Psychedelics are such enchanting and mesmerizing tools, and those entrusted to administer them to others are exposed to the lure of power and prestige. We can learn a lot from those people who, in various contexts, have been able to work with these medicines without falling prey to ego-inflation and greed. The ecosystem is full of traditions around psychedelic practice, and as we learn and grow, we need to develop best practices, to develop our skills, to research how, when, where, why, and to whom psychedelics can bring positive outcomes that benefit the collective, not just the few. It would be a tragedy for psychedelics to exclusively be a medical treatment in hospitals. That is not the only way, and it's not clearly the best way. In the field at large, connection means appreciation, learning, and power-sharing between the different contexts of use across the ecosystem.

In treatment, embodiment is the somatic aspect of therapy, and the process of living the learnings in life after the session. This is integration. Embodiment for the field at large means integrating the values we have had clarified for us by our own personal and professional interactions with psychedelics, and letting those provide the principles that guide our work. Fundamentally, these values will be different for everyone. The important thing is that we bring them to our work in the field. The values that we pledge must be embodied or they are useless, and I hope that we can develop strong methods for holding each other accountable, and increasing transparency. We must decide on what we want psychedelic care to look and feel like, and be prepared to make the personal and professional sacrifices required to safeguard this vision. Embodiment means using the insights we are given to not just improve our own lives and families, but to improve the environment we live in. It means working in service of contributing to the ecosystem, to the whole.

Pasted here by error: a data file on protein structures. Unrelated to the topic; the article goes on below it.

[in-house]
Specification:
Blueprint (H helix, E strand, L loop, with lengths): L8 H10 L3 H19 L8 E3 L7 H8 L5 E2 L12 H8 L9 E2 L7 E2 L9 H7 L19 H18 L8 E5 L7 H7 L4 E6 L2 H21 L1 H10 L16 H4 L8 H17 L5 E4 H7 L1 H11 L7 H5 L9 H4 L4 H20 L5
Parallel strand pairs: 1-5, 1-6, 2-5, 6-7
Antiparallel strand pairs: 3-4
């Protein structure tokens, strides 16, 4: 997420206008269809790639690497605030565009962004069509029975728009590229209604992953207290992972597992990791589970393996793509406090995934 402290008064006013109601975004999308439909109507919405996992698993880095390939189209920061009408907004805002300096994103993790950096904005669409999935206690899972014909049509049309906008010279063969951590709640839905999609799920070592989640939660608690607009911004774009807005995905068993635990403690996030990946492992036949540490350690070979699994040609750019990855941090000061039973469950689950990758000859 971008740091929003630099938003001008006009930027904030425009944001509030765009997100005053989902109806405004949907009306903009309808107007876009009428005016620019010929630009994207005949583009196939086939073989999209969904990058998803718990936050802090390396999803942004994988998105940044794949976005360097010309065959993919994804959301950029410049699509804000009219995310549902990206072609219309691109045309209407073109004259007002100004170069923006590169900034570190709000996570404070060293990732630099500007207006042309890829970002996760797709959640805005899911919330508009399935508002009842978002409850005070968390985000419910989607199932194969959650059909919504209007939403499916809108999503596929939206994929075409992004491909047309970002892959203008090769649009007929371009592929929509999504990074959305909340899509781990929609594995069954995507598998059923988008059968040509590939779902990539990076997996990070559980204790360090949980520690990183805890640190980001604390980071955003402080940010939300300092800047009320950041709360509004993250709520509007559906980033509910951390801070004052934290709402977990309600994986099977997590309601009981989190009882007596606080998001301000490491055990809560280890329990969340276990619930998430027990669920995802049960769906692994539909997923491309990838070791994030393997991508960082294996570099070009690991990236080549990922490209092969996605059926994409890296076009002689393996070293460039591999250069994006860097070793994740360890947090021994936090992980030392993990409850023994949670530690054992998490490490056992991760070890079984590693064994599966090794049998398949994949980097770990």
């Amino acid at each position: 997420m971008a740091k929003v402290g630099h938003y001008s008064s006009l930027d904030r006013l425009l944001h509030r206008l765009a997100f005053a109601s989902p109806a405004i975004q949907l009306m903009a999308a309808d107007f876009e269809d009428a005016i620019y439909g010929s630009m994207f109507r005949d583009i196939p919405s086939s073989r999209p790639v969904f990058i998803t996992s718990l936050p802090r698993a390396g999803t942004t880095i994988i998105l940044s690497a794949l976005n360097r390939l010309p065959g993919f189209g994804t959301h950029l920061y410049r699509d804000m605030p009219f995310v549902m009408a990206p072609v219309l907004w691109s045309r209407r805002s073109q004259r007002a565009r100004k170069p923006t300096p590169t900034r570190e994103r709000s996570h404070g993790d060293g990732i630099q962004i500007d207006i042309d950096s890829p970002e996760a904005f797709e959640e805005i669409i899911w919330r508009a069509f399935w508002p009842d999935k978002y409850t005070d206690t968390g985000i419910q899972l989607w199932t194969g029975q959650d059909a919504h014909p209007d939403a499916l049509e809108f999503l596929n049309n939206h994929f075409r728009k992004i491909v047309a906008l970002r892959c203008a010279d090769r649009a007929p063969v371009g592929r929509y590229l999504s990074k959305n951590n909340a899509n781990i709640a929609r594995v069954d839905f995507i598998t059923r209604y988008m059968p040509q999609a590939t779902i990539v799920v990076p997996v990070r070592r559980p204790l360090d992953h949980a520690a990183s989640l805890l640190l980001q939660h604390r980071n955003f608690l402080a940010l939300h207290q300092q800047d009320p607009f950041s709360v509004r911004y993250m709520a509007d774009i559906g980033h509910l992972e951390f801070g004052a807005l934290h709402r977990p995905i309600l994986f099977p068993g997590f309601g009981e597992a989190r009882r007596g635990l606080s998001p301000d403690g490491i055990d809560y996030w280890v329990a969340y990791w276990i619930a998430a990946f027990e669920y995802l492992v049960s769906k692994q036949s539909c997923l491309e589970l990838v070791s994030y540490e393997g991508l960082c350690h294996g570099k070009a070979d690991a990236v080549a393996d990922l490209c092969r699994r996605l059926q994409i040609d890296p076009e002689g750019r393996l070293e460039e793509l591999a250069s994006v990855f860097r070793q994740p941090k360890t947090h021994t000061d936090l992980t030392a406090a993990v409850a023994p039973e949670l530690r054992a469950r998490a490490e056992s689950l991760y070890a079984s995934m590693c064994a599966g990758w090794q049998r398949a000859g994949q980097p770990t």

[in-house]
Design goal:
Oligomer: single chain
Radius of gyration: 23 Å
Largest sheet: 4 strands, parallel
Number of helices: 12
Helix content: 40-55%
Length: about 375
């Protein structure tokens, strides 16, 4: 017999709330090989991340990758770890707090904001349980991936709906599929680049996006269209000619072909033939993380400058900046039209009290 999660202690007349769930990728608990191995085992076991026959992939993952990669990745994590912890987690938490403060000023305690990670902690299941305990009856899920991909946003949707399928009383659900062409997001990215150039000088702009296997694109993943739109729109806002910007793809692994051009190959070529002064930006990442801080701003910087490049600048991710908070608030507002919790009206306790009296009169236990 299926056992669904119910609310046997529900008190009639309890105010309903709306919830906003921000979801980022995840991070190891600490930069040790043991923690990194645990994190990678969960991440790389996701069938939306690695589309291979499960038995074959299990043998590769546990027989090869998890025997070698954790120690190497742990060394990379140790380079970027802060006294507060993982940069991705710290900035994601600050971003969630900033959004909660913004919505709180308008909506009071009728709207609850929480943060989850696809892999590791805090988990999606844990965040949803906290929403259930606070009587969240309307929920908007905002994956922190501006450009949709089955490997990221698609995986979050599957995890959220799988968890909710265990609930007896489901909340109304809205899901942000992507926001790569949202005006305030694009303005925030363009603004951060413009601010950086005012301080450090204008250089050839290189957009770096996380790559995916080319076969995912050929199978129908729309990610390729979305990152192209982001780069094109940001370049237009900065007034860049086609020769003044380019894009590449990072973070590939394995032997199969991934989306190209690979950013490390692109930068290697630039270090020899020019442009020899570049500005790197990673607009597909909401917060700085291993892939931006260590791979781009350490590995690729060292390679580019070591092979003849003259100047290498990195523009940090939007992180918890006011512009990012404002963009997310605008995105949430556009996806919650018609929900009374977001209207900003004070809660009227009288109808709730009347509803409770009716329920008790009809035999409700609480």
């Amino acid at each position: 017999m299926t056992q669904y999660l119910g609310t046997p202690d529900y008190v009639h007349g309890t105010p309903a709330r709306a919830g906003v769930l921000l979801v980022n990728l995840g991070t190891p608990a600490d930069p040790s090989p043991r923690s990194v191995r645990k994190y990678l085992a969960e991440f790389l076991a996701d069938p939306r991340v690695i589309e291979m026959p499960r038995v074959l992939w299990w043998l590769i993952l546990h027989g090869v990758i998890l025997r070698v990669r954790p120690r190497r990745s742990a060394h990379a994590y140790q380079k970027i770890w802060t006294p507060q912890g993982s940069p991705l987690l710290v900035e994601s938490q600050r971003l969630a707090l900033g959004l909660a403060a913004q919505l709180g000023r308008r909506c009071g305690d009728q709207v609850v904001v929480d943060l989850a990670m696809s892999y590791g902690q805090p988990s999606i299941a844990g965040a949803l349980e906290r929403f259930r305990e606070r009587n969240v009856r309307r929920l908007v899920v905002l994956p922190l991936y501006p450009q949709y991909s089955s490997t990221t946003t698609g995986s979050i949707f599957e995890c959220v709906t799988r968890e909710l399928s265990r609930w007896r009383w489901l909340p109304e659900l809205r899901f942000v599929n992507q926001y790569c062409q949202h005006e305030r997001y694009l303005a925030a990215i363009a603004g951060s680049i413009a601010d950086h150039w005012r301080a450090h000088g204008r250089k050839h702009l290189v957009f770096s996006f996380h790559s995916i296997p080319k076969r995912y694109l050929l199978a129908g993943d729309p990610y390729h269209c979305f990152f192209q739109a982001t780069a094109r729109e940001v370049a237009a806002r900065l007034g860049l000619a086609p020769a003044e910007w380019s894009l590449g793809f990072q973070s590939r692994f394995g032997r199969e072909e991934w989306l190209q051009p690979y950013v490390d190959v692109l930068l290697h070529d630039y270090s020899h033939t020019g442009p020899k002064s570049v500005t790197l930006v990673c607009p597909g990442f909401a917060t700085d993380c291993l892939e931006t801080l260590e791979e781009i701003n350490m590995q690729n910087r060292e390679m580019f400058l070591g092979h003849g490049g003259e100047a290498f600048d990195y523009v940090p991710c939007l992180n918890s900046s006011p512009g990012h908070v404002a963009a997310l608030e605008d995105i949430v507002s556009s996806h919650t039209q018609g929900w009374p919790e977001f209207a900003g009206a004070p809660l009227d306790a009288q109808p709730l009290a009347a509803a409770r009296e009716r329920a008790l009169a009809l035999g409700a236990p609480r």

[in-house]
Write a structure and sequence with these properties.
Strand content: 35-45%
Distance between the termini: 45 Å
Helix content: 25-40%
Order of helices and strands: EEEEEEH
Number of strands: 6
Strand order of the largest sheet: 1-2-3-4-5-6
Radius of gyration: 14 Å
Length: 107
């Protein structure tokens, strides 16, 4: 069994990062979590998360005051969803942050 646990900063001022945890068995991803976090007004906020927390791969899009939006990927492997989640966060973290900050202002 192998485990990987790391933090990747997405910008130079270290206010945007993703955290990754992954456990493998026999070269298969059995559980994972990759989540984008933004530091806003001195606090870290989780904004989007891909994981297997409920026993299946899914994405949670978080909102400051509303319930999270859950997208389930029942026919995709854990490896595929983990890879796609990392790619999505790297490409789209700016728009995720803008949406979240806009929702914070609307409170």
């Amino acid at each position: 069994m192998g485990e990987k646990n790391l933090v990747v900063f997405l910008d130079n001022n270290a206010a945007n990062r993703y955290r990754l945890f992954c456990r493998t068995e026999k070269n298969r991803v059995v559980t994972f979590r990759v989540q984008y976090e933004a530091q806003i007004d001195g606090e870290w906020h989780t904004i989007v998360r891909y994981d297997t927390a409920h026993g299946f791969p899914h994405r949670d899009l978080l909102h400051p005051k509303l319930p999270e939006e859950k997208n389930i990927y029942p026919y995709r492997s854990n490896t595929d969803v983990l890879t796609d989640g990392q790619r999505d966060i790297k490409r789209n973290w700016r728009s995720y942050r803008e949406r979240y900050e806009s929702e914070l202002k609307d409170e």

The substance is not the medicine. The substance should not be the business either. The substance calls us forward to a new type of care, where acceptance of pain, connection to each other, and embodiment of our values guide the way we behave. COVID-19 will add new layers of trauma to a world where there is already so much pain. In this time of global suffering, it is humbling to think that the medicines we work with could help. We have an opportunity to contribute. With it comes the extraordinary responsibility to do it right.
Accept, Connect, Embody
By Rosalind Watts
Rosalind Watts has served as the clinical lead for the psilocybin for depression study that just completed at Imperial College London.
For further reading, Ros recommends, "Ethical Challenges Within Psychedelic Medicine," a piece by Alicia Danforth, published by the Interdisciplinary Conference on Psychedelic Research.

This piece reflects the perspective of the author, independent of North Star, which serves as a platform for the message.